Photo courtesy of SATIMA.ORG
by ROBERT MIRANDA
So named by the author Tom Brokaw for their valor and bravery in serving their country, the “Greatest,” or “GI” Generation refers to the men and women who fought on the battlefield and on the homefront during World War II, and then later worked to build and rebuild American industries in the postwar years, according to npr.org. These individuals were generally born between 1900 and 1924, and are justifiably considered “great,” as they helped preserve American liberty and were responsible for keeping our country stable and powerful through their actions in wartime.
The “Silent Generation” is a small subset of the population, born in the space between the two World Wars, roughly between 1925 and 1945. They were children during World War II, and grew up with the anxiety and uncertainty that the postwar years brought, including the Cold War and the nuclear arms race. The term “Silent Generation” is interesting, as it promotes the view that they were essentially “stuck” between the events undertaken by the Greatest Generation and the Baby Boomers, causing them to be “silent.” The term is derived from a 1951 Time magazine cover story describing individuals in this generation as fatalistic, disappointed and disillusioned.
The Baby Boom Generation, whose members are affectionately known as “Baby Boomers,” consists of those born between roughly 1946 and 1964. Until 2015, they were the largest generation, in terms of population numbers, peaking at around 79 million in 1999. They are currently around 75 million strong, according to The Atlantic.
The “Baby Boomers”get their name from a sharp, historical worldwide increase in population during the 1940s and 1950s. After the war, returning veterans began to start families, leading to this sudden upward trend, or “baby boom.” Members of this generation came of age during the 1960s, one of the most iconic and romanticized decades.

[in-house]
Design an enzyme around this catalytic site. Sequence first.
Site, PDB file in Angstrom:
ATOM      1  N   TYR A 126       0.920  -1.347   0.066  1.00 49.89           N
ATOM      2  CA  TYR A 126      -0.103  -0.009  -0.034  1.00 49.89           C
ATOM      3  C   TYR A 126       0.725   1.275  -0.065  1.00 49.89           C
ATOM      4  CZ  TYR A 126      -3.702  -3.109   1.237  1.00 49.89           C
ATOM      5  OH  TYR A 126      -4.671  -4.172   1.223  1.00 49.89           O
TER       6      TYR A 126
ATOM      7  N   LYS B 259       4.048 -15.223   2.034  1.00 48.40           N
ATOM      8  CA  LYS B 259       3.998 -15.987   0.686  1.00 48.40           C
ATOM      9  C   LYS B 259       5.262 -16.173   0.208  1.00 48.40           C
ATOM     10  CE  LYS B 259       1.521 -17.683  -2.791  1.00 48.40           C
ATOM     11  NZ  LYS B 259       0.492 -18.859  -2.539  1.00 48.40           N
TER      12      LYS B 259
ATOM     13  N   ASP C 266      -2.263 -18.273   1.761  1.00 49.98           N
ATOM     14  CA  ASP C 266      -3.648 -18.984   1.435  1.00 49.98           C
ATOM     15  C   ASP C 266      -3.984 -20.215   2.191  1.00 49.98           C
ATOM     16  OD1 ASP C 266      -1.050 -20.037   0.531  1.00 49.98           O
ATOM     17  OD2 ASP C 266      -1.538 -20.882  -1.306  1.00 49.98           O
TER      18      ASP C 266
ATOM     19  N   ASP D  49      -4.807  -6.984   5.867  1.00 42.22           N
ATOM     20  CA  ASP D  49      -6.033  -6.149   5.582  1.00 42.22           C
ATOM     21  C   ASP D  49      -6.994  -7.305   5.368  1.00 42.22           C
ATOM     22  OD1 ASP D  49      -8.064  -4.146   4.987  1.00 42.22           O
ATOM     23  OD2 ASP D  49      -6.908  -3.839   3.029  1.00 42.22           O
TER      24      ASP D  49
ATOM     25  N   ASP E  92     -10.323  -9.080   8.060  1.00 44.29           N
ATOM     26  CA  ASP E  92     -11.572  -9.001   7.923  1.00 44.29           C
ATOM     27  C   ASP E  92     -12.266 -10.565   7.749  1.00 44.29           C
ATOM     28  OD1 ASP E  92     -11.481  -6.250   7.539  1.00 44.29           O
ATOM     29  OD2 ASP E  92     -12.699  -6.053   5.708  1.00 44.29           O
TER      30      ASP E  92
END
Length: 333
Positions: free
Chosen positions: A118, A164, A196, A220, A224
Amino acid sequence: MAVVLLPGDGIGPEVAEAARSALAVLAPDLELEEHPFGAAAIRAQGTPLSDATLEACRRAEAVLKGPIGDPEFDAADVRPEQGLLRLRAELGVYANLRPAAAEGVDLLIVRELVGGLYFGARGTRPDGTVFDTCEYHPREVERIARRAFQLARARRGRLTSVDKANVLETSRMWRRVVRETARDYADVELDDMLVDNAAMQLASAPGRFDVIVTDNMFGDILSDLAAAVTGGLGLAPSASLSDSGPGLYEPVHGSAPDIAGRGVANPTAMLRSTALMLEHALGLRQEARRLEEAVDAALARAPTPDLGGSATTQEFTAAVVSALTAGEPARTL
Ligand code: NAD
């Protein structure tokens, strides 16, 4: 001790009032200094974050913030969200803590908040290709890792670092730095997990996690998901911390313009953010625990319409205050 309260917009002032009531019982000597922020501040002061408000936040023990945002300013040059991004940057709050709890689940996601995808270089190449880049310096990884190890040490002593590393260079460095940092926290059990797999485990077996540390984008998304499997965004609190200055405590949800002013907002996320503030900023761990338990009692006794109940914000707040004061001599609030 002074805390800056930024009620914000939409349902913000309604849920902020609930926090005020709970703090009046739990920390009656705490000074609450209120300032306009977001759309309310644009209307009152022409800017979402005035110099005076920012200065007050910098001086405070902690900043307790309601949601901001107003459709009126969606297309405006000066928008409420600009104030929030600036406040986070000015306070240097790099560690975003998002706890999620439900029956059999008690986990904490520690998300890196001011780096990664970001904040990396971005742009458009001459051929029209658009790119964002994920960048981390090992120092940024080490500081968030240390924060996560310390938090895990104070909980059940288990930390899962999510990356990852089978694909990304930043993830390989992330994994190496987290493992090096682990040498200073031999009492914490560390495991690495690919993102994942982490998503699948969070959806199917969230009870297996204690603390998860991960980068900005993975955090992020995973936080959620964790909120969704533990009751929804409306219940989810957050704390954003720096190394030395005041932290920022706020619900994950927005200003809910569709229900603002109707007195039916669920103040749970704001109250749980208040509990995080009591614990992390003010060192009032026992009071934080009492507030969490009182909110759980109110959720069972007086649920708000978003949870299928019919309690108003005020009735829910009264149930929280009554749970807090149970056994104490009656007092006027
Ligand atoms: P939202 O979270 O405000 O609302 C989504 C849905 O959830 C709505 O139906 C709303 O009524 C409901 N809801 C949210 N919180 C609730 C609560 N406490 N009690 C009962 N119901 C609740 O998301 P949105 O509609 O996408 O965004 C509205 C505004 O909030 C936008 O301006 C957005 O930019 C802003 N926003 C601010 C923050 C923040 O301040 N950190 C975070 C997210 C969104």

Generally, as young men and women, they participated in the great counterculture that gave rise to movements supporting feminism and women’s liberation, gay rights, environmentalism and such values as “peace and love.” They were also the first generation to begin promoting a college-going culture, after the GI Bill allowed their veteran parents to receive a college education in return for their service. The morals and values that had defined previous generationsbegan to be loosened and changed, in favor of more egalitarian and idealistic pursuits.
It is important to understand, however, that not all Baby Boomers were bra-burning liberal idealists. While many young students vigorously opposed the war in Vietnam, many young men felt it was their duty to serve their country and joined the military to fight the spread of the communist junta in Southeast Asia. Many Boomers were conservative, a viewpoint reflected later in their adult years with the rise of Ronald Reagan and a Republican-dominated government.
These three generations shaped the first half of the 1900s. It is thus a testament to their enduring legacy that we view them, even today, as influential forces in American history and society. Through their actions and viewpoints, society changed, as values and viewpoints changed and became accepted or discarded in favor of a prevailing idea. Institutions we take for granted today, such as a music industry, going to college right after high school and a general loosening of the “Puritan” and “Victorian” values the older generations held, all come from the Baby Boomers and the generations that preceded them.